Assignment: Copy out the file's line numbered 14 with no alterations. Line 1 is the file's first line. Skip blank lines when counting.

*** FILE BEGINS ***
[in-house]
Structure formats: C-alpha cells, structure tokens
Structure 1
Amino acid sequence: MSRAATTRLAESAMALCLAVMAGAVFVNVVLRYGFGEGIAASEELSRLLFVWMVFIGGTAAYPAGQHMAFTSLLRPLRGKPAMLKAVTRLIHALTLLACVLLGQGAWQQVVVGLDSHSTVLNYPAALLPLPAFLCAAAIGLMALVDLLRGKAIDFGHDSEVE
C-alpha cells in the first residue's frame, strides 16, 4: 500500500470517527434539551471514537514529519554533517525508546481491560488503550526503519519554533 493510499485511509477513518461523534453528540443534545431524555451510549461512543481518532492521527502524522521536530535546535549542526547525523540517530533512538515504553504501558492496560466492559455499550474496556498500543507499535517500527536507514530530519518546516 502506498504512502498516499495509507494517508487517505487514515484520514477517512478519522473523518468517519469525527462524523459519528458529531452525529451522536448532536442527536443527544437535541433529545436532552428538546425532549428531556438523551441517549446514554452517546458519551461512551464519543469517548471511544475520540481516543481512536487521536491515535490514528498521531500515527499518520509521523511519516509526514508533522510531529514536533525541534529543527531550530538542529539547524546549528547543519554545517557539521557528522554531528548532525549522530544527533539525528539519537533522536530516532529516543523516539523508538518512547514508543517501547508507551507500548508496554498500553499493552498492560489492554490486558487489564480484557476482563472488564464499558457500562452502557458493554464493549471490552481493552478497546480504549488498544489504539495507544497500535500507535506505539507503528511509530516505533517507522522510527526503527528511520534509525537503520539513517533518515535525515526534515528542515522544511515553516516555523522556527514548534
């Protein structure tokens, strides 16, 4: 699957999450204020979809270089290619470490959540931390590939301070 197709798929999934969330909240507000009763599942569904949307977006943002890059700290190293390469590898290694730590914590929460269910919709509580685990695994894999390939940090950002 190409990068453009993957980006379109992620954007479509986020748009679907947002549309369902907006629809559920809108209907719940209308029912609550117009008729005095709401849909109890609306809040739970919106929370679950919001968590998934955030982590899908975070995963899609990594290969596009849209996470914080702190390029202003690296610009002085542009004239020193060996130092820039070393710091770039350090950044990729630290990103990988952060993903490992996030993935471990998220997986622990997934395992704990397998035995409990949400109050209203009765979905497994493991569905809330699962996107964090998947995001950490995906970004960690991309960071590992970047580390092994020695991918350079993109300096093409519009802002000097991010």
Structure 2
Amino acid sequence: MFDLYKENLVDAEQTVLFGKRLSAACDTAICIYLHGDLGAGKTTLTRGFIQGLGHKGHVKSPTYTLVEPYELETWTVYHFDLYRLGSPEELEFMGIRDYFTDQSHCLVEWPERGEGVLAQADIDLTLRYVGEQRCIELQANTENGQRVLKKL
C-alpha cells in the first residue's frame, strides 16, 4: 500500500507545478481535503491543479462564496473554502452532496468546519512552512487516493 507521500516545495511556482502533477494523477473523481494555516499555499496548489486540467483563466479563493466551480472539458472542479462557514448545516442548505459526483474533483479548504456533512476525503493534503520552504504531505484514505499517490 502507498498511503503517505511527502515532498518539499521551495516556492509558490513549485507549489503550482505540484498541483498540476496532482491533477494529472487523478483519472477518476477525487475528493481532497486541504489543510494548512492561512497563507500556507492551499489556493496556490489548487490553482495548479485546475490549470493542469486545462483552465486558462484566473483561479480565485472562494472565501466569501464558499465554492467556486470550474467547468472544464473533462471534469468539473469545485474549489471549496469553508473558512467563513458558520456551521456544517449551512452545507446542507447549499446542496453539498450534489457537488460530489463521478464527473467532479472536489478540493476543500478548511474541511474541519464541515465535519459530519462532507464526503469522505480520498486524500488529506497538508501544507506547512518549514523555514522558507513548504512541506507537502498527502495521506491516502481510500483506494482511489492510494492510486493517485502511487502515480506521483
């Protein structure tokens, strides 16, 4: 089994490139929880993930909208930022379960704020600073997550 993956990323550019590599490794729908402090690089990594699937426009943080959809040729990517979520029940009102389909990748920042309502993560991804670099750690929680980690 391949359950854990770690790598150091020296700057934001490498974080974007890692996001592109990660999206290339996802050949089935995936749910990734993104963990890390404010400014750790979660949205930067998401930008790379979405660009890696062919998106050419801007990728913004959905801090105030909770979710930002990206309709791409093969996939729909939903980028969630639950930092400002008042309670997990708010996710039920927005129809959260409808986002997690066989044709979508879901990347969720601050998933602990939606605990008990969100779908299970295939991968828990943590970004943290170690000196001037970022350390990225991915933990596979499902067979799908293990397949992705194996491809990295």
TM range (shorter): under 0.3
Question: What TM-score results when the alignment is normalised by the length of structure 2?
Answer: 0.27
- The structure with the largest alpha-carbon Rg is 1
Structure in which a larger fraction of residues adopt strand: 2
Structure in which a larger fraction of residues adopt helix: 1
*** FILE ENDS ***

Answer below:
- The structure with the largest alpha-carbon Rg is 1